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Credit Services Association

2 Esh Plaza

Sir Bobby Robson Way

Great Park

Newcastle Upon Tyne

NE13 9BA


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Additional Sections

Complaints Procedure

Useful Links

Making a complaint

We work hard to ensure our Members act within the rules set by the industry regulators.

Please click on the following link and read our Code of Practice. If you think a Member has broken the rules of this Code you can make a complaint by downloading our Complaints Form.

Before making a complaint we would encourage you to carry out the following activities:


  • Go to the Members Directory and check whether the company you wish to complain about is a Member of the CSA. If you are still unsure, feel free to contact us. If the company is a Member of the CSA then we are able to help you with your complaint.
  • On first instance, we recommend you contact the Member company to discuss any issues you have and enquire about their complaints process. If you are still dissatisfied with the outcome then you can review our Complaints Procedure.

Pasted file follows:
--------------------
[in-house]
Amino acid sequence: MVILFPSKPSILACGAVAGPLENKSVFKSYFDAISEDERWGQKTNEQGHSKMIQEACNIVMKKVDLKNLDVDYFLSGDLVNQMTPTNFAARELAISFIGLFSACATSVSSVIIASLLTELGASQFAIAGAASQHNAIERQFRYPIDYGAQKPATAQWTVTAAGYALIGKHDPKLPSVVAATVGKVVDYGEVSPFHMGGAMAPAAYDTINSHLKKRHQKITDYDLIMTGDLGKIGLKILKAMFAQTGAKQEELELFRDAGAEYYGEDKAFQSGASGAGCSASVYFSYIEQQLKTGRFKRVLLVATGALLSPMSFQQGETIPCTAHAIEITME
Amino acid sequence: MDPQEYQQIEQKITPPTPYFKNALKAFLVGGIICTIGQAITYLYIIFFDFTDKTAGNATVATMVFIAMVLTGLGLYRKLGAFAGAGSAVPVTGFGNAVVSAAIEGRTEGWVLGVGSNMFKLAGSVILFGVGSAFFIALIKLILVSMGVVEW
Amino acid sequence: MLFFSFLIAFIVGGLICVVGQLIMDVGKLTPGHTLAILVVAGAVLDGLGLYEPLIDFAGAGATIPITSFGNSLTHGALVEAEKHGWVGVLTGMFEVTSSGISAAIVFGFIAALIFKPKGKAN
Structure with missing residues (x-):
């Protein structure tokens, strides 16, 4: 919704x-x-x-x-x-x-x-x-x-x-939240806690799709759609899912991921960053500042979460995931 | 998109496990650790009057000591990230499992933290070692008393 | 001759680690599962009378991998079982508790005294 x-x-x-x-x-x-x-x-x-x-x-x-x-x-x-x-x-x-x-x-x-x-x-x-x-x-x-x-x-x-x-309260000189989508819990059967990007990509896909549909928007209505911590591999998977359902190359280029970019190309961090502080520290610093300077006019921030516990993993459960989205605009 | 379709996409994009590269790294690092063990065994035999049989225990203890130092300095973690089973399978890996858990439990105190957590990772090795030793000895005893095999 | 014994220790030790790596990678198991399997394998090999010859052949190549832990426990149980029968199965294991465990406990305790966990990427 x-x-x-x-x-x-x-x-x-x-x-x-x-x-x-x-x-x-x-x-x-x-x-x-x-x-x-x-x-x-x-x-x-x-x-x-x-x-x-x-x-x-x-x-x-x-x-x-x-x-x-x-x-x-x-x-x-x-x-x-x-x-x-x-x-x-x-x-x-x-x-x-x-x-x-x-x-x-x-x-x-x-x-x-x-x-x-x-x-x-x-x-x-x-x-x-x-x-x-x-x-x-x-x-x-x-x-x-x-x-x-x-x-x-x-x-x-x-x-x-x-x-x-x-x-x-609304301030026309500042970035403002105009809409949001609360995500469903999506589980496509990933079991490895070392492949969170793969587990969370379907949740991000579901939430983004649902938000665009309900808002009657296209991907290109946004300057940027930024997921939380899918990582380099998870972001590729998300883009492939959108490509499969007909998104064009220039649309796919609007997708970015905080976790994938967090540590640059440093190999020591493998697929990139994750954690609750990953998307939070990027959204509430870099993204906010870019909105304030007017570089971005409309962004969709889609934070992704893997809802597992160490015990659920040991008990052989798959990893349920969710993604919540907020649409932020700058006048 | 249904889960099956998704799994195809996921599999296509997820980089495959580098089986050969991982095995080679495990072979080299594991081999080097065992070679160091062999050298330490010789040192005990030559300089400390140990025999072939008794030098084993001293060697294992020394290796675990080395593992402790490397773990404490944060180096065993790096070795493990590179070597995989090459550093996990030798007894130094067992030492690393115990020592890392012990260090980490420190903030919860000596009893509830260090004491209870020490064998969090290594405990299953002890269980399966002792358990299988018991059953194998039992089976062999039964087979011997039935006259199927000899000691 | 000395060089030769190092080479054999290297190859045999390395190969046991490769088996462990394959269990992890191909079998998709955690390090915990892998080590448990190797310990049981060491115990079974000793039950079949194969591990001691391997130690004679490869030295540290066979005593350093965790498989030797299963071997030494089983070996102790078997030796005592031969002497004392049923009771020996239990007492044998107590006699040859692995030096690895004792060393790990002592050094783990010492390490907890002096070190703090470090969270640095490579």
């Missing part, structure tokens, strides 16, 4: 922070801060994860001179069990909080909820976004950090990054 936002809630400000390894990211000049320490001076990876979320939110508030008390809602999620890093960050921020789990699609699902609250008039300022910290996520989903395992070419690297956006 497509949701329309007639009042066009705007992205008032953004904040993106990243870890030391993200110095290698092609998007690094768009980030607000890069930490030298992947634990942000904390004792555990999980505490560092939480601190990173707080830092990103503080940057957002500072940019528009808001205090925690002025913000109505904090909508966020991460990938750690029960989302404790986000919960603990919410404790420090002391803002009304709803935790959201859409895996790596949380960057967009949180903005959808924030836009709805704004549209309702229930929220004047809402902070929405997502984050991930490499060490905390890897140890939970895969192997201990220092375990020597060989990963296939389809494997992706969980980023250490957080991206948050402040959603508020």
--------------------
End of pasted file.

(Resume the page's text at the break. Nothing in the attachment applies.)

• If you believe that the Member has acted in breach of our Code of Practice and the complaint meets the necessary criteria, please complete, sign and return the Complaint Form to our registered address.

CSA Complaints Procedure

 How we deal with your complaint.

All complaints must be submitted in writing, with a signed complaint form. We require the form to be signed so that we, and our member, have the requisite authorisation to share information.

The following is the sequence of events after the CSA receive a complaint form;

  • CSA receive a signed complaint form
  • CSA register the complaint and send a copy to the relevant member company
  • The member is given eight weeks to respond directly to the complainant